abandon all hope ye robots who enter


 Bot Will Eat Itself

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  • Designed & built Fall 1996-Summer 1997
  • Competed in Robot Wars 1997
  • Featured fully independent suspension
  • Status: retired, volunteers for target practice

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BWEI gallery


STORY: Bot Will Eat Itself (BWEI) was designed for and competed in the 25lb weight class at Robot Wars 1997. Like the previous year, I had a teeny budget and advised undergrad Mechanical Engineers at the University of California Santa Barbara with their 2 robot entries. BWEI performed a little better than Rampage. A little.

SPECS: BWEI used Rampage's shell and weapons, but the drivetrain was all new and beefier. This time, it featured skid steering with much more powerful drive motors. The drive systems were mounted entirely on hinged plates, giving BWEI a true independent suspension. Wedges and scooping robots were popular and successful at Robot Wars 96, so I designed BWEI to have traction and mobility even if it were being lifted. I also experimented with some diamond grit abrasive blades for weapons, but I returned to the standard toothed wood blades after testing. I ended up with one win under my belt this time around.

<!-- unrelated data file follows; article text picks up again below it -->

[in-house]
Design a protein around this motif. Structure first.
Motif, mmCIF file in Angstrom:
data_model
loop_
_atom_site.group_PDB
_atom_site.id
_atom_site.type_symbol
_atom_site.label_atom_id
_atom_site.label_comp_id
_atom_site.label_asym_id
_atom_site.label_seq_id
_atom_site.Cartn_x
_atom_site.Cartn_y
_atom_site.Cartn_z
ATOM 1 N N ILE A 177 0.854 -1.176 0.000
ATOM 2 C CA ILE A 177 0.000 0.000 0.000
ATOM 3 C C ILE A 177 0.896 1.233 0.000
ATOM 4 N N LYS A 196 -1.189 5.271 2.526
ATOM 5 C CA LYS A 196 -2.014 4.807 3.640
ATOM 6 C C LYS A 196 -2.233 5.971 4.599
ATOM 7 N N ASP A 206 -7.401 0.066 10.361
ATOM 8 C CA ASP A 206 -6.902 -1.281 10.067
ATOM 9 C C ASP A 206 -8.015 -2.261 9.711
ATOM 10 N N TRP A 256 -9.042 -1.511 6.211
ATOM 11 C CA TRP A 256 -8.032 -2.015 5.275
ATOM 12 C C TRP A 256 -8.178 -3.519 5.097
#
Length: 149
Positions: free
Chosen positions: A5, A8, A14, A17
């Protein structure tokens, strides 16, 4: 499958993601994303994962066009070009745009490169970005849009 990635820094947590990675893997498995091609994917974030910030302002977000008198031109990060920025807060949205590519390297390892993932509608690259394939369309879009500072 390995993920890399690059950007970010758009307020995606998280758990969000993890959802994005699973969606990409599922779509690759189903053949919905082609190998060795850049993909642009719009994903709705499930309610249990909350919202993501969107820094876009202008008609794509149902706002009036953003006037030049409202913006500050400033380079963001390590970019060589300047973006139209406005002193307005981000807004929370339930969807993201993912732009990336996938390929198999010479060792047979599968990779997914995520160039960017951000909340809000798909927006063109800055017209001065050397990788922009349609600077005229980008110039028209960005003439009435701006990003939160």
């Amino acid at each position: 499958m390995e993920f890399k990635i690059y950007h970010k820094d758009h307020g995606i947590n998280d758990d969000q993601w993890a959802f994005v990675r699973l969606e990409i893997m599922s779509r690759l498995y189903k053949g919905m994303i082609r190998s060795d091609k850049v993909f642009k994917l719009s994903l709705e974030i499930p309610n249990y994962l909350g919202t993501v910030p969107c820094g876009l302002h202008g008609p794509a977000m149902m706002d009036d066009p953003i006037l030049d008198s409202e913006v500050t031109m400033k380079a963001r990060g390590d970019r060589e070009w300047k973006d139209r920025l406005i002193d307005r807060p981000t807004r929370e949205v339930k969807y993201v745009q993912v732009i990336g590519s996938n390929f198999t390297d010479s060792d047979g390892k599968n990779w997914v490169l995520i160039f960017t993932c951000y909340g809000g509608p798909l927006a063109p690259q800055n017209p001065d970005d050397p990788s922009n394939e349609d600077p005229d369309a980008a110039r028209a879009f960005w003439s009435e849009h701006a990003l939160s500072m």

TECH DETAILS: Bot Will Eat Itself was based only partially on Rampage (though it looked nearly identical on the outside). Gone were the weenie R/C car motor, gearbox, and steering system, replaced by a pair of fat motors & an independent suspension. Large surplus motors from C & H Sales were hooked directly to some custom plastic wheels wrapped in grippy vacuum cleaner belts. The drivetrain consisted of a pair of hinged plates that each held a motor, wheel, battery pack, and speed controller. When the robot was lifted, these hinged drivetrain parts swiveled down to keep the wheels in contact with the ground. On all 4 corners were ball casters from McMaster-Carr, keeping the shell rolling smoothly (until the casters became marred from rolling over rough surfaces). Piano hinges all around the sides acted as scoop deterrents.

SPONSORS: Partially funded by UCSB Mechanical & Environmental Engineering.

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